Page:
2020: The Year of the Pandemic

The year of the Pandemic

At the beginning of this year, the SARS-CoV-2 pandemic had begun sweeping through the world. The biggest economies and the most “developed” countries suffered the highest casualties. By March, the crisis came home and the Indian government implemented stringent lockdown measures, bringing to a standstill all travel and economic activity.

These lockdown measures, as was soon realised, were ill-conceived and hastily implemented. Healthcare infrastructure was on the verge of collapse, with a severe shortage of hospital beds, healthcare personnel, as well as essential medical equipment and drugs. People were stranded in towns and cities away from their homes, with little to no information forthcoming on protocols for essential movement. Students faced an uncertain future as educational activities were suspended. A large section of the formal workforce struggled to transition to a digital-only mode of functioning. Thousands across industries lost their jobs as firms struggled to stay afloat.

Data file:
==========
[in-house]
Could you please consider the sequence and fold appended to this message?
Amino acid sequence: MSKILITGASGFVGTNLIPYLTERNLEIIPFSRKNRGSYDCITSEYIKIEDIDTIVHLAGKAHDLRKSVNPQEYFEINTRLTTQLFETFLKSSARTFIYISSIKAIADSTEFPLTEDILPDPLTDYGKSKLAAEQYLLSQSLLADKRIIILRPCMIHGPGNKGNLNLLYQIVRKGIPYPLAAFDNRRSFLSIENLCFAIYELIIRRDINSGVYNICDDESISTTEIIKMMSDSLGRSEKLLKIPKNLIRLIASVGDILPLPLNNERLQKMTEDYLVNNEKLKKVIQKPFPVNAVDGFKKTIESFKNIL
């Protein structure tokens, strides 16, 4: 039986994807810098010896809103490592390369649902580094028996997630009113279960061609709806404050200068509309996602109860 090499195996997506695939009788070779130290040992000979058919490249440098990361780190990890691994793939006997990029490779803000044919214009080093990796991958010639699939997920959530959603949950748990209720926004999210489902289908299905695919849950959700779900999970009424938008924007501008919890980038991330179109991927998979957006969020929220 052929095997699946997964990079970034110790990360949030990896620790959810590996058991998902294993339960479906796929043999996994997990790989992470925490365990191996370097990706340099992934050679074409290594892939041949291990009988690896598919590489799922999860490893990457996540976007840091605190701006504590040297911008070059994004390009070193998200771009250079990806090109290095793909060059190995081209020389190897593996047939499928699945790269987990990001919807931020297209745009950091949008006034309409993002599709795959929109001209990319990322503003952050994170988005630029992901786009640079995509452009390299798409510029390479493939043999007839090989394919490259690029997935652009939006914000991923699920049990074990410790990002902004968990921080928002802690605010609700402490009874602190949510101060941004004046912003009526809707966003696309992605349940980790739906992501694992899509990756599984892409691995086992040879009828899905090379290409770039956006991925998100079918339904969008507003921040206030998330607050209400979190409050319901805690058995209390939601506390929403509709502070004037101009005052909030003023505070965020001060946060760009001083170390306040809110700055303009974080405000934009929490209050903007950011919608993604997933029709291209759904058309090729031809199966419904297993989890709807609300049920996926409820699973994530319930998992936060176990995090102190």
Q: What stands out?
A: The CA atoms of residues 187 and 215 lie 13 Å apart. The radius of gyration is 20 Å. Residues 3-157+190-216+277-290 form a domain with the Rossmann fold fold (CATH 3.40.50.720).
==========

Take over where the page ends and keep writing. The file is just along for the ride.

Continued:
Months after the last lockdown was lifted, many of these struggles continue. The numbers may come in only later, but what the COVID-19 pandemic has made evident is that the rot is deep and systemic. Our healthcare system urgently needs an overhaul. Massive fiscal stimuli are necessary, but are likely to not be enough. Some states have done better than others in weathering the crisis, but none have done well enough. Excessive centralisation of planning and relief measures has failed and “self-reliance” has instead been glorified. Abject poverty persists. Food and income insecurities define the lives of millions of people toiling in the precarious informal and unorganised sectors—domestic workers, construction workers, street vendors, and sanitation workers, among others. Identities at the margins have been “locked down” more than others, with the rising incidence of violence. The digital is no longer just the future. It is a present fractured by unequal access to resources, knowledge, and social capital.

As we move into the next year with this “new normal” in wait for a contentious vaccine, this resource kit brings together 170+ articles on the COVID-19 crisis published in EPW in 2020.

Navigate this resource kit by clicking on each bubble.

Curated by Sohnee Harshey

Designed by Vishnupriya Bhandaram

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